Navy UDT-SEAL Museum



The modern-day US Navy SEALs originated in World War II as Underwater Demolition Teams (UDT) that provided hydrographic reconnaissance and underwater demolition of obstacles prior to any amphibious landing. The Navy UDT-SEAL Museum stands on the site where those first divers trained, at Fort Pierce, Florida, an hour’s drive north of Soverel Harbour Marina.

Click any image for a larger view, or click the position to view the location on a map. And a live map of our current route and most recent log entries always is available at http://mvdirona.com/maps

Ghillie suit

Just inside the museum was a Ghillie camouflage suit, commonly worn by snipers and hunters.
SDV

Suspended from the ceiling was a SEAL Delivery Vehicle. The flooded-design submersible is designed to delivers SEALs clandestinely for covert missions. The occupants are exposed to the water and breathe either through their own SCUBA gear or the SDV’s compressed air supply.
Wave

The museum had some incredible footage of Navy SEALs in action. Check out the size of the breaking wave those inflatables are paddling into.
Firepower

An impressive display of the wide range of firepower used by the SEALs.
Not so threatening

The museum had a selection of plastic firearms made to the same size and weight of the real ones. Just carrying this around would be heavy enough, let alone all the SEAL’s gear.
Bin Laden compound

A model of the Bin Laden compound where Navy SEALs killed Osama Bin Laden during a raid in May of 2011.
Maersk Alabama

The actual life raft from the Maersk Alabama, where Captain Richard Phillips was held hostage for five days by Somali pirates before Navy SEALs rescued him.
Obstacle course

Displays outside the museum included an obstacle course modeled after that of the SEAL BUD/S (Basic Underwater Demolition/SEAL) course. A couple of people were trying their luck–it did not look easy.
SOC-R

Looking into the cockpit of a Special Operations Craft-Riverine (SOC-R). The 33-ft boat has a beam of 9ft and draws only 8 inches at speeds up to 42 knots. This particular vessel logged 192 missions during 1050 hours and travelled over 3400 nautical along the Tigris River in Iraq between 2007 and 2008. SEALs always use the latest and best hardware they can get—we noted that the navigation software was Furuno NavNet vx2, state-of-the-art back on 2007.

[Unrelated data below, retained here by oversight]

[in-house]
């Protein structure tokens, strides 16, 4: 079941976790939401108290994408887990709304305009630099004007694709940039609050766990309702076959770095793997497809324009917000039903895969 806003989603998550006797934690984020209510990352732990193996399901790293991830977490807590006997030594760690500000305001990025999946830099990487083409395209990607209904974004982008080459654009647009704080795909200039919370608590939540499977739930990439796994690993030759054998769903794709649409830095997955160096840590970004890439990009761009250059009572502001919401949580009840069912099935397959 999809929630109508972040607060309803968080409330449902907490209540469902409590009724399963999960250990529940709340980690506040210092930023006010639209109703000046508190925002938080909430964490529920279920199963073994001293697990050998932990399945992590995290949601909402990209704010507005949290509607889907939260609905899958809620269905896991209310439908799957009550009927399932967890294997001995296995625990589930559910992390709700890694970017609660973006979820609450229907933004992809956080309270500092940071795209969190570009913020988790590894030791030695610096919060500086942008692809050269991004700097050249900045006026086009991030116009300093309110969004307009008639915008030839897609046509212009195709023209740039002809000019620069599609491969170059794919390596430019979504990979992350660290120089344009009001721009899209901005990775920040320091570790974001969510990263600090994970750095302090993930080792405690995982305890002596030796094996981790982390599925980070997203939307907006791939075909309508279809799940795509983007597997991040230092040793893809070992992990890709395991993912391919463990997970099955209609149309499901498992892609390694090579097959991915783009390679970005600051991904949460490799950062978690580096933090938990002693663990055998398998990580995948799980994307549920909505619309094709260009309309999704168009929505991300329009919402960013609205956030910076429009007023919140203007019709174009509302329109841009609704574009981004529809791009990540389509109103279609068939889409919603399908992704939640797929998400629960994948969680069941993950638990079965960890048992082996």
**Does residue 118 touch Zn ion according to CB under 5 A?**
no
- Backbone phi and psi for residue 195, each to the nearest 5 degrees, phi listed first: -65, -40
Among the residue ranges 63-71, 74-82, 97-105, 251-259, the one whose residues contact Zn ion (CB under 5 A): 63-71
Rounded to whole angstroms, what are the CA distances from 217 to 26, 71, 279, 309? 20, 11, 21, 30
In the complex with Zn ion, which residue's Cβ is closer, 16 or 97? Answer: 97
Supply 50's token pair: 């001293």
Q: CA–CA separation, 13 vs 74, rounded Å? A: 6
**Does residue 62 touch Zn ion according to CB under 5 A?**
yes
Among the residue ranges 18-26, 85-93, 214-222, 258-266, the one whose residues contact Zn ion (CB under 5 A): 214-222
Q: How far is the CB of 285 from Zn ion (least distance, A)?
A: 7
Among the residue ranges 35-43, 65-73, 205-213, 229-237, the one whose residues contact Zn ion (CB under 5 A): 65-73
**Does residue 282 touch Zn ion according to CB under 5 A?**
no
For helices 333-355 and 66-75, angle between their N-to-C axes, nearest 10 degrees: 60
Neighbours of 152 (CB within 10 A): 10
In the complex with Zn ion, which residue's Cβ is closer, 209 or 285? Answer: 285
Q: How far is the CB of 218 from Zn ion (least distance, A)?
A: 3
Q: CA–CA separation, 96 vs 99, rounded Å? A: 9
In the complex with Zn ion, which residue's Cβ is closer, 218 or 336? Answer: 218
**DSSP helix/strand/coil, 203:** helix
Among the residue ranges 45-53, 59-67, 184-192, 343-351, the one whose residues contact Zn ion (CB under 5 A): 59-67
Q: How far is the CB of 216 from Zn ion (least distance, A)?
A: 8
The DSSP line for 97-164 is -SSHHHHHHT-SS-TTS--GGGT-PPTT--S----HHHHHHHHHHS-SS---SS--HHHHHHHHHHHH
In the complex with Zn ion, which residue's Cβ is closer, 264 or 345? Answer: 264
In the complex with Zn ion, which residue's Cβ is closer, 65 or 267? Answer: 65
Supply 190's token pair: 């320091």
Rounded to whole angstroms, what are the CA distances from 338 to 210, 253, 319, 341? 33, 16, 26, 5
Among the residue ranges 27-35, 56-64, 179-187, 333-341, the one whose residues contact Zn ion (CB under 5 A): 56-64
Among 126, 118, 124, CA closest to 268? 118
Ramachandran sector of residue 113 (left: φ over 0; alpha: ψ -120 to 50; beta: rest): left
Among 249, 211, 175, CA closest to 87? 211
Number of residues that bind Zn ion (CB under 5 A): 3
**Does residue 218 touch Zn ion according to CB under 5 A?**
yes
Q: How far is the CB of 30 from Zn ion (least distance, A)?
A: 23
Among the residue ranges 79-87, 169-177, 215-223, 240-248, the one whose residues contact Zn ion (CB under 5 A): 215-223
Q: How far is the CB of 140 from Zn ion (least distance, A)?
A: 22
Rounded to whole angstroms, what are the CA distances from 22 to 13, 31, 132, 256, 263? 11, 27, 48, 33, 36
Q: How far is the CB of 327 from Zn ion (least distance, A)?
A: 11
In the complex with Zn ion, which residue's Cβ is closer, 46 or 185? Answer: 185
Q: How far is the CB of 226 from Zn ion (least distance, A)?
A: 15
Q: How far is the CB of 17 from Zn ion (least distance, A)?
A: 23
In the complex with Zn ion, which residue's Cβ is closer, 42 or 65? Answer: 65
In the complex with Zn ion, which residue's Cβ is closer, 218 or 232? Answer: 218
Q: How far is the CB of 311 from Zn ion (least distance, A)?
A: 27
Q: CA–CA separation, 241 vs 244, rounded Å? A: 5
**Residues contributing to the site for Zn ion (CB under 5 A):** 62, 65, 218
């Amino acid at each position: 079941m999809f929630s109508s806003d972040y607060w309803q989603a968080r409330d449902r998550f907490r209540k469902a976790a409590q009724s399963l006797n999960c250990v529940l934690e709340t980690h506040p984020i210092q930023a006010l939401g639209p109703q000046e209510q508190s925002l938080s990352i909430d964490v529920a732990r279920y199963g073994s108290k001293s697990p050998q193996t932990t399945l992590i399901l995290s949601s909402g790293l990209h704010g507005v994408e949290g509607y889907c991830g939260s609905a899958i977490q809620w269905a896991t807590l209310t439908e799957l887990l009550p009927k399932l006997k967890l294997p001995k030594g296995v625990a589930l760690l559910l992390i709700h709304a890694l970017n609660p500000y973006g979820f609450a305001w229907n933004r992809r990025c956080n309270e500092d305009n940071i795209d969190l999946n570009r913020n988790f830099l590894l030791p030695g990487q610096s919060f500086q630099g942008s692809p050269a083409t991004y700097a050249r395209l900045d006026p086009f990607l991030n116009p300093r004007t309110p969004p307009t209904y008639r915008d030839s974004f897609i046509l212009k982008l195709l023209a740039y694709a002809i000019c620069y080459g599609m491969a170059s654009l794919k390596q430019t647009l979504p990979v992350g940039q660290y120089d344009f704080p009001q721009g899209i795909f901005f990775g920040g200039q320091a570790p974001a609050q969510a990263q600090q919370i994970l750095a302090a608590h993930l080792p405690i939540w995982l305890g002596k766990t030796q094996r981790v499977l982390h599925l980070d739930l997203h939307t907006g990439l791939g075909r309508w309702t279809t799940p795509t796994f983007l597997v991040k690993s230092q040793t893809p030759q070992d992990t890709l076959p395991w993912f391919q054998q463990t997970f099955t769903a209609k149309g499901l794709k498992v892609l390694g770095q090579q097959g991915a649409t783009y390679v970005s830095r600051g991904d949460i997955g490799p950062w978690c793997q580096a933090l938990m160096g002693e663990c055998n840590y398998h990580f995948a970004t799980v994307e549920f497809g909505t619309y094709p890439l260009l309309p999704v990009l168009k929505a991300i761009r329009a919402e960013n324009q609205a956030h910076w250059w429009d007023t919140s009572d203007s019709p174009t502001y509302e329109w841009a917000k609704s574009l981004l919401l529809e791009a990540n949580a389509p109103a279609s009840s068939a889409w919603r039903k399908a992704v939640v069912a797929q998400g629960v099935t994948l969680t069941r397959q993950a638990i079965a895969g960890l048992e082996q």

Mk V

The 82-ft Mk V Assault Craft carries 2,525 gallons of fuel and has a 500-mile range operating at speeds beyond 40 knots.
Mk V interior

The Mk V carries a crew of 5, plus up to 16 SEALs in seats specially-designed for maximum comfort and shock-mitigation in high seas or heavy maneuvering. With the roof removed, the vessel can actually fit, barely, inside a US Air Force C-5 Galaxy aircraft. With a second C-5 carrying the rest of the detachment and gear, the Mk V can be deployed within 24 hours of landing.
Apollo capsule

When the Apollo capsules splashed down, Navy UDT divers jumped from waiting helicopters and attached a floatation collar around the capsule to prevent it from sinking. They then opened the door, decontaminated the astronauts, and helped them safely be lifted out and into the helicopters. These are two of the mock capsules the UDT divers trained with.
SEAL Memorial

The Navy SEAL Memorial lists the names of all 280 Underwater Demolition Team members, World War II “Frogmen” and modern Navy SEALs who died serving their country.
Medal of Honor

Navy SEAL Chief Edward C. Byers was awarded the Medal of Honor for rushing into gunfire to shield an American hostage in Afghanistan. His name was being added to the SEAL Medal of Honor statue the day we were there. Only six SEALs have publicly received the Medal of Honor. Unfortunately, many SEAL missions are classified, so there can’t be a public award.
Beach

We took a quick walk along the beach adjacent to the museum before returning home.
Carmine’s Ocean Grill

We finished the day with Happy Hour at Carmine’s Ocean Grill at our marina. We arrived shortly before a torrential downpour. We’ve been seeing a lot of thunder and lightning storms recently—time to head north.

Show locations on map Click the travel log icon on the left to see these locations on a map, with the complete log of our cruise.

On the map page, clicking on a camera or text icon will display a picture and/or log entry for that location, and clicking on the smaller icons along the route will display latitude, longitude and other navigation data for that location. And a live map of our current route and most recent log entries always is available at http://mvdirona.com/maps.

 
 


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2 comments on “Navy UDT-SEAL Museum
  1. Matthew Baker says:

    The man that designed many of those boats while a commander at DEVGRU lives there in Florida. They have some really neat and deadly toys! I will have to stop in there one day!

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